Growing up my dad would tell us we were descendants of Vikings. At the time, I wasn’t quite sure what that meant, but I could tell he was proud of it. He has stated that he would like a traditional Norse burial. At sea, replete with a funeral pyre lit from shore. I have always liked the idea that our bloodline is one of great travelers and warriors. That we stem from a people who have conquered hard things.
Last year my dad did some research. At Christmas, he presented us with a copy of our family history. The type of history that goes back before the Black Plague, before the Pilgrims landed, before serfdom went out of fashion.
After opening the gift, I folded the sheets of paper and put them my journal. I didn’t look at them again for nearly six months. And to be honest, I didn’t really take them out six months later. They fell out at the airport when I was heading home to see my new twin nephews. I reread the history of a people who conquered northern France and smiled thinking of my nephews. They are the latest generation to take on difficult things.
It all started a few weeks ago. D and I decided to drive south. I needed to get out of my head. And the desert is good like that. The desert is not quiet. Your feet break open the topsoil. They sink in the sand. They move rocks to a clatter. The wind circles your ears and rattles what grasses have made it this far. It reminds you that you are not alone. Even though you feel like it. Even if you want to be.
The desert reminds you it has been here longer. It has witnessed a millennia of change in its days. It has fallen up. It is falling down. And it will change again in a few thousand years when you are long gone and nothing but dust in someone else’s tent. It reminds you that you – and your problems – are quite small. It reminds you that conditions are not always easy. But things grow. And they die. And in between there are some blue skies overhead.
When the boys made their debut into the world they were a whopping 6.11 pounds combined. Usually when babies are born there are phone calls that trigger phone calls. An eruption of joy that quickly crosses time zones. First pictures are zipped across state lines. Then there times when phone calls come and breaths are held.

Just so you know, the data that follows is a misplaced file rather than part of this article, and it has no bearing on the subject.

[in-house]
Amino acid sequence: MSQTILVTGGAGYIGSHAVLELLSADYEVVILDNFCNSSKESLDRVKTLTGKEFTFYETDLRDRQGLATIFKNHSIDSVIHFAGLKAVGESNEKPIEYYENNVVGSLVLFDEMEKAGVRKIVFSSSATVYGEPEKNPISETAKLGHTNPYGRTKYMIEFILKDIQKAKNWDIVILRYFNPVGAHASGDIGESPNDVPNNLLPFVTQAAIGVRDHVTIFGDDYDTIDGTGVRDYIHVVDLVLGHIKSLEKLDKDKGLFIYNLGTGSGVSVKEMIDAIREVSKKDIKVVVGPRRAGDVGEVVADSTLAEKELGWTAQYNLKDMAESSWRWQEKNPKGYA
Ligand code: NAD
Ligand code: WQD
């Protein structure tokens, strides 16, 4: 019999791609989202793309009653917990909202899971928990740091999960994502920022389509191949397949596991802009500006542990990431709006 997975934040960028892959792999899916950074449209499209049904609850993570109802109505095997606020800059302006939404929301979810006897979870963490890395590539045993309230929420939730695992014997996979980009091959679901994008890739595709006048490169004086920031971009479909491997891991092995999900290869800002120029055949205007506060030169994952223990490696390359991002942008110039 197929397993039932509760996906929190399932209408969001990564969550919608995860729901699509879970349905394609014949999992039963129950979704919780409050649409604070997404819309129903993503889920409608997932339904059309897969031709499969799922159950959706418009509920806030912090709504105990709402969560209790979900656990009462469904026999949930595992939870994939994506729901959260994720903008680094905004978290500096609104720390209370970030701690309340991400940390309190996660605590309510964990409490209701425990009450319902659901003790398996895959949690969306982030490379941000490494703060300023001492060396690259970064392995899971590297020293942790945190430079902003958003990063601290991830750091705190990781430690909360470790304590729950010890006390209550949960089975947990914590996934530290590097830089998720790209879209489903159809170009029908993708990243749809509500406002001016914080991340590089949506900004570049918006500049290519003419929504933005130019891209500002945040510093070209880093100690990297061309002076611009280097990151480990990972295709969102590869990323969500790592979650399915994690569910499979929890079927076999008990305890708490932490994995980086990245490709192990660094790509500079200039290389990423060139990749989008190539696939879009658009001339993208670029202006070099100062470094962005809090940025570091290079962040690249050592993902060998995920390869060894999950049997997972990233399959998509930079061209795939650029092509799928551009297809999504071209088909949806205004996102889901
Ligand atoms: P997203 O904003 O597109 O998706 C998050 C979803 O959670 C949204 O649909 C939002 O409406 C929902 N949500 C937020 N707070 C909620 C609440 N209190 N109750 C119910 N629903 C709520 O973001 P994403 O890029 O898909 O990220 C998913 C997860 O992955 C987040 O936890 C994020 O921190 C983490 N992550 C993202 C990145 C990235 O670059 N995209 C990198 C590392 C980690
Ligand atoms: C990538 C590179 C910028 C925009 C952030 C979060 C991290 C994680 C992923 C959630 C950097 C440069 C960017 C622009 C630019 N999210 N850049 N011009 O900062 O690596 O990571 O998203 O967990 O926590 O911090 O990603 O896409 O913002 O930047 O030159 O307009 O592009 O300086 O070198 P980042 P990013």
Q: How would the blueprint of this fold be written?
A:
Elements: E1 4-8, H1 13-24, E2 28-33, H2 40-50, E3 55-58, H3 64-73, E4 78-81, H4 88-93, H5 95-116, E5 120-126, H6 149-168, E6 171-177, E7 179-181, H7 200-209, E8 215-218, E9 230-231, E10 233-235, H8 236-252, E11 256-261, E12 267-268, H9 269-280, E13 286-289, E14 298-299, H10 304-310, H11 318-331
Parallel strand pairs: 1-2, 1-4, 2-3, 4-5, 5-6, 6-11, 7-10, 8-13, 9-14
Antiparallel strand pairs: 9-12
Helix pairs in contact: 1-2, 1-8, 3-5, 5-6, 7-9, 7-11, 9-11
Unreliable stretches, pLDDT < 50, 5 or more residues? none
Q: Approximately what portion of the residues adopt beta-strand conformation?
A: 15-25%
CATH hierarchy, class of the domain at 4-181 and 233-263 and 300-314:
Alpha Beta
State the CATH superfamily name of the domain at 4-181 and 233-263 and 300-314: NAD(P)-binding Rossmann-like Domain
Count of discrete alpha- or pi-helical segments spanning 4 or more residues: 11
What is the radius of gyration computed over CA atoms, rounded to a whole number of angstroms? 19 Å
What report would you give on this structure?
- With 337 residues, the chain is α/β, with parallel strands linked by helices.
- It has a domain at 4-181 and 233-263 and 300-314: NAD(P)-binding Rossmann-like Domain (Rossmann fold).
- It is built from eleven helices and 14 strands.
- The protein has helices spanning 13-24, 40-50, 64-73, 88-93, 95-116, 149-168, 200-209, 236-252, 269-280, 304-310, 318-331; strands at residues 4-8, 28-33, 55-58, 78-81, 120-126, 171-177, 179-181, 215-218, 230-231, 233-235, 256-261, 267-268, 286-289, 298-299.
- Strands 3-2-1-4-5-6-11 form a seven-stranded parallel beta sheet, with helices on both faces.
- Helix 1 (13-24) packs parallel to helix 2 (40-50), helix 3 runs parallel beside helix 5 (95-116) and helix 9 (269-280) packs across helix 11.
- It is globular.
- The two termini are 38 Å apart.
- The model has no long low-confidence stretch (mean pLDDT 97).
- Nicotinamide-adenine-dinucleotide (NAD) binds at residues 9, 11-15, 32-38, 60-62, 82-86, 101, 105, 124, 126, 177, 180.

You hang up thinking surgery is not so bad. You know surgeons. You trust surgeons. You believe in science. So you decide not to worry about the surgery. Then you think of your sophomore biology class and how you dissected baby pigs. And you realize the scale of your nephews. You examine the stats and hope you are on the right side of the numbers.
And then you pray in case you aren’t. You pray because you didn’t really do well in biology and you don’t really understand what is happening and you need something to do other than cry in the garden beside your last wilting cucumber plant. You already killed five of the original six and the remaining one is sun-scorched. Each new tendril it shoots seems to fry in the Utah heat. But new leaves keep budding. And you keep hoping maybe one of these days one will take.
Thirty-six hours later you arrive at the start of another long 36 hours. You have 200 miles to cover with five other people and you are already tired. But you grind out mountain passes and long stretches of cold highway at 5 am because that is what you said you would do. You tell your teammates that the stories of your life – the best ones – emerge from accomplishing hard things. You think of your tiny nephews and decide they will be great storytellers.
You send them succulents in lieu of flowers. They are small and hardy– like them. And your write them a note, promising them that life will not always be easy. But it will not always be so hard either.
You know there will be tough climbs, long bouts where you push forward looking for some sign of progress, or at least change. There will be periods of coasting. Miles of downhill you know will not last forever. Sometimes a small hill will break you. Other times you will discover your legs can carry you further than you imagined. Fifty miles or more. You will recover and search for another mountain to ascend.
A few hours later I finished the race and boarded a plane, stepping off to meet these tiny Vikings. I peered through their incubators and watched them breath on their own and stretch limbs no wider than my thumb. They occasionally opened mouths the size of dimes and released cries I could hear from the other side of the glass. They are the most beautiful displays of life I have ever seen.